Kassady G. – Schurr High School

It’s a very exciting next 4 months for many high school seniors all over the US. We are all in that final transition from kids to young adults and heading into greater endeavors, such as college. The only problem is that most seniors, like myself, don’t know how to balance a checkbook. Here’s the reality: many parents don’t know how to handle their income. Only 5 high schools in the United States have finances available for students to take as a class. Some people might argue that economics and government is enough for seniors to learn, but these subjects focus more on the theory behind it rather than the actual practice. I’m a high school senior myself and I am living proof that students do not know how to save for retirement, that is, until I attended a workshop by Nuvision Credit Union. I now know a lot more than the average student. The presenter, Mr. Quevedo, was very thorough when explaining techniques all young adults can use to become better savers and remain debt free and I plan to use all of them in the fast approaching future.

Before attending the workshop, I had some atrocious spending habits, some of which included spending $45 on a shopping excursion that only required 99 cents. What I should’ve done instead, according to Mr. Quevedo, is put away a good amount of that $45 I had, before using the rest on myself. Practicing putting away money in my adolescence will help me develop the discipline required of me in the future to be a better saver. Unfortunately, I have already made it a habit to spend money. About 65% of Baby Boomers cannot retire due to lack of saving. But why is that happening? Anyone can disburse money from their income and put it into a 401k, IRA or invest in stocks and bonds. Employees can even pay into social security or pension plans! This is the result of the poor spending habits and lack of awareness towards the importance of saving, especially since most Americans don’t have $400 in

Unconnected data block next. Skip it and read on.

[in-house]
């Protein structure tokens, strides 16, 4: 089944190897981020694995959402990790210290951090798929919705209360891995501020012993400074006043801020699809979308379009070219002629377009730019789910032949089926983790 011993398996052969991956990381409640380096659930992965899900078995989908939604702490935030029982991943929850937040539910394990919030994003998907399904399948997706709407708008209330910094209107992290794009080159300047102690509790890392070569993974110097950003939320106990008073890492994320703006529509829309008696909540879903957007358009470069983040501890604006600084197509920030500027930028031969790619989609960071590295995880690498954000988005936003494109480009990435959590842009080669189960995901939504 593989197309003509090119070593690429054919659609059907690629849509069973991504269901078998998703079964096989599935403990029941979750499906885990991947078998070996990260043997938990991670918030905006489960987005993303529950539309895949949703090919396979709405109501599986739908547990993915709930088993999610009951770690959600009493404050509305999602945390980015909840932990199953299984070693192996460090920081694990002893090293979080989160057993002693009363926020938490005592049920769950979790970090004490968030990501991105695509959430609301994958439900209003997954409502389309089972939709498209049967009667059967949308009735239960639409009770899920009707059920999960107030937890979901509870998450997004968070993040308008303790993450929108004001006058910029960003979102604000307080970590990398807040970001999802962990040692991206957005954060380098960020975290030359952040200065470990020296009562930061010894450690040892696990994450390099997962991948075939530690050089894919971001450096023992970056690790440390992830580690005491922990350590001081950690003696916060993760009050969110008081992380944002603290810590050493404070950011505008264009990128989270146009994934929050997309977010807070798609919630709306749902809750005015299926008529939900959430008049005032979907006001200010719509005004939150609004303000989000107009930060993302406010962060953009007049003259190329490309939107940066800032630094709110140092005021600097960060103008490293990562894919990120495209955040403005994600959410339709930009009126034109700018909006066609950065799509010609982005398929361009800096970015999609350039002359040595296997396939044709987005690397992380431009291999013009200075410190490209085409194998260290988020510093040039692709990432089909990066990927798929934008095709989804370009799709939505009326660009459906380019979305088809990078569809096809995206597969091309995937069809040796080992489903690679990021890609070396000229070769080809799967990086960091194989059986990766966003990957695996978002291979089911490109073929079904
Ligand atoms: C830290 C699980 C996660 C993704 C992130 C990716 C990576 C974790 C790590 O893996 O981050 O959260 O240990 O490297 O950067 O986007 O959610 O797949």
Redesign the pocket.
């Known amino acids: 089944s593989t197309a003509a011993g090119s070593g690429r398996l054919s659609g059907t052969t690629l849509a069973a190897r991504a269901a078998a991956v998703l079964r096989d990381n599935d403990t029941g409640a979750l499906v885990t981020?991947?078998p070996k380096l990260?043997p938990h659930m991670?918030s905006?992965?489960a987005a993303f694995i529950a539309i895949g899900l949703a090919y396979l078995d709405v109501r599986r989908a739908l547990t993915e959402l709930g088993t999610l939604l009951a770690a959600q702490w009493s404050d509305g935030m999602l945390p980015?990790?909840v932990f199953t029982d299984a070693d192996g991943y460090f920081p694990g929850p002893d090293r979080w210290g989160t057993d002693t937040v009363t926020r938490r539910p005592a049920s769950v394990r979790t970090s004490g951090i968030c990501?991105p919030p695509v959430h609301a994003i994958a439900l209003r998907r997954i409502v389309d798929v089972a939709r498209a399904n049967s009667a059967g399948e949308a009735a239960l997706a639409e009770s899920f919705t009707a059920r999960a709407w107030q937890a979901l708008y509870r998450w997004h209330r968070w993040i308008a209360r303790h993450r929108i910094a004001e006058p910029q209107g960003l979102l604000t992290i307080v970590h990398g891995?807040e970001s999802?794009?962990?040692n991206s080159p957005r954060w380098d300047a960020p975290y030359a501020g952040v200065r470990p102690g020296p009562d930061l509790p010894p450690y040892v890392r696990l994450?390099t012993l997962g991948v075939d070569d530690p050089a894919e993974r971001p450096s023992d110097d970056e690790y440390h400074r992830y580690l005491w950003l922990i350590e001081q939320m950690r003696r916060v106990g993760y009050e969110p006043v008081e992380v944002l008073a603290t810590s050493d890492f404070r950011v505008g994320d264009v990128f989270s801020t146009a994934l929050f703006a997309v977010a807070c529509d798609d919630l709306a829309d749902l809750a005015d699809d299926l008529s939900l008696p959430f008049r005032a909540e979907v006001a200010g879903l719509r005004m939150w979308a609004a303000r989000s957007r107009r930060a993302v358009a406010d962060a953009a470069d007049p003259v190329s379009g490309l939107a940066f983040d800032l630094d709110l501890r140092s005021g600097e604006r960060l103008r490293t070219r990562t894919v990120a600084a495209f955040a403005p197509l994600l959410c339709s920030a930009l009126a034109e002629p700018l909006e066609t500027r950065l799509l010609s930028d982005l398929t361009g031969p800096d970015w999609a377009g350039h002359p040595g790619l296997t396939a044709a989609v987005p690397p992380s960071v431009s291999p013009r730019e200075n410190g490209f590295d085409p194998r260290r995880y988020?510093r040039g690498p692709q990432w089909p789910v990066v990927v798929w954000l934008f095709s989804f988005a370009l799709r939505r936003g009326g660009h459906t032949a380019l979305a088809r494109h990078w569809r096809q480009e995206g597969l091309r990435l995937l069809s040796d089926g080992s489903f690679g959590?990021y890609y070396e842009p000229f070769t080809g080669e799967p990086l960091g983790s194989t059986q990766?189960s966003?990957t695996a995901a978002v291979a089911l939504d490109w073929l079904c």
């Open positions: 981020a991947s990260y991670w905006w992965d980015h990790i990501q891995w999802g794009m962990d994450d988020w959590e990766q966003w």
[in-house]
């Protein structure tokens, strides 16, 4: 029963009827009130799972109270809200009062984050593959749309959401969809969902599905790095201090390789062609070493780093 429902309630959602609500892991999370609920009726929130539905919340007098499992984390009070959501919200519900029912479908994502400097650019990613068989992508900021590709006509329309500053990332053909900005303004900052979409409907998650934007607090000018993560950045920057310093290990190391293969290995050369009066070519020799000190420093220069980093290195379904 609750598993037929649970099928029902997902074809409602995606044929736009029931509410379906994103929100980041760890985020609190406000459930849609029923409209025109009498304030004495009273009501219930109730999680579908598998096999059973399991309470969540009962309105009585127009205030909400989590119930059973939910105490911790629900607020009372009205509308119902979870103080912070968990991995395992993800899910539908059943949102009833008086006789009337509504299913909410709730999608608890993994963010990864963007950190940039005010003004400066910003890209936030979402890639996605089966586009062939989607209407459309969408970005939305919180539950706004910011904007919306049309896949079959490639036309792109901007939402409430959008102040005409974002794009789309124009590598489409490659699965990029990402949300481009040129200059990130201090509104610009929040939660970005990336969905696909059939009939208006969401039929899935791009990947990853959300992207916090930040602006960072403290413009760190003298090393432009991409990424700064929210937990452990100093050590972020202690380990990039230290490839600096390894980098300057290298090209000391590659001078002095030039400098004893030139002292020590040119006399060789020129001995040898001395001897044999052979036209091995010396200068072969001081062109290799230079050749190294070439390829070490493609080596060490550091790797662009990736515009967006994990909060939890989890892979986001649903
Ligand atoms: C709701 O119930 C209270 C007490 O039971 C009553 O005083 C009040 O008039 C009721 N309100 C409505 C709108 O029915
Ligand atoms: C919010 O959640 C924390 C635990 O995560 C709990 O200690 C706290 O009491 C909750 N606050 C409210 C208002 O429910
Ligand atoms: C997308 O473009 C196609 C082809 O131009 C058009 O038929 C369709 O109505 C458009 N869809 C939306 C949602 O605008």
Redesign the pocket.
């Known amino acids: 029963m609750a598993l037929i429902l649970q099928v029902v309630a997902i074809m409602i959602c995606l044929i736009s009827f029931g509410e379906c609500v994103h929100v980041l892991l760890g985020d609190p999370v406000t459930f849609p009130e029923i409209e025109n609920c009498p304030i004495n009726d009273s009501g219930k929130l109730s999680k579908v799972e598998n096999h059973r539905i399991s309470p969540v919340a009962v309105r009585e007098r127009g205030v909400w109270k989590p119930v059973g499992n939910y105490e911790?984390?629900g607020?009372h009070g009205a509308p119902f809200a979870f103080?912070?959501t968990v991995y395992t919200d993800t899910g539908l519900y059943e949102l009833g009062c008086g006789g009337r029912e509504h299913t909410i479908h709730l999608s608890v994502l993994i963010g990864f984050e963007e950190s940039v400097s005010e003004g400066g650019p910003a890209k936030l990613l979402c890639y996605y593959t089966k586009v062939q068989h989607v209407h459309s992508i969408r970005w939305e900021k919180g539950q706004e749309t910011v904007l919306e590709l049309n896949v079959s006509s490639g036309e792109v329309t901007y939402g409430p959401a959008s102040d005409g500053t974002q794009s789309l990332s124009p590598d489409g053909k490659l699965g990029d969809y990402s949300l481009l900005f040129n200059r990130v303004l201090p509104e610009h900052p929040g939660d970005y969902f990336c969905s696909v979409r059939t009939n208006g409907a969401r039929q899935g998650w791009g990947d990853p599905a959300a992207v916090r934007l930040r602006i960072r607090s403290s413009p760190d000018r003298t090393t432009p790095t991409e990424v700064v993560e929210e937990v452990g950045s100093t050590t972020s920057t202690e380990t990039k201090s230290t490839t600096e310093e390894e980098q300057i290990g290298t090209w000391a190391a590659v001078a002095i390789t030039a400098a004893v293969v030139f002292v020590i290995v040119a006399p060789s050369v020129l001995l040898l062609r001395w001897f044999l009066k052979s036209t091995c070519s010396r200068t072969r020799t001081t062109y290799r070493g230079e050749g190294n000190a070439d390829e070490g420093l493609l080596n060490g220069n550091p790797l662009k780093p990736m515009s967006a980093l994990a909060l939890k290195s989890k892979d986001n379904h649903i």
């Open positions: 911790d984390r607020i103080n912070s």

emergency savings accounts. But the good thing is that we, young adults, can prevent that from happening to ourselves.

Just as Warren Buffett once said, “Do not save what is left after spending, but spend what is left after saving.” Buffett couldn’t be any more precise. In order to become better at saving, we essentially have to think and spend like the lower class. As the Wealth Formula shows, we need to first have income and save before becoming wealthy. Some of the most affluent people are penny pinchers themselves and that starts with putting away some money from your paycheck or allowance. All it takes is a little self-discipline and a piggy bank, the rest is for you to enjoy. As for staying out of debit, you first need to acquire some credit, since most young adults’ credit scores are not established. This means that if you want to get a credit card, you need to be meticulous about different interest rates. You must be a frugal spender and punctual borrower, meaning that all payments should be on time. Paying off minimum debt fast is the road to a great credit score and lower interest rates which can lead to being able to pay car and home loans with ease.

Becoming better savers isn’t an impossible task. We need to get into the habit of saving, not spending. Young adults must be cautious of their spending and take the initiative by planning ahead… The problem could be easily solved by attending a financial workshop to be enlightened about the truth of spending. After attending this workshop, I’ll definitely rethink my purchases and spend $2 instead of $45. Better yet, I’ll start saving for my retirement.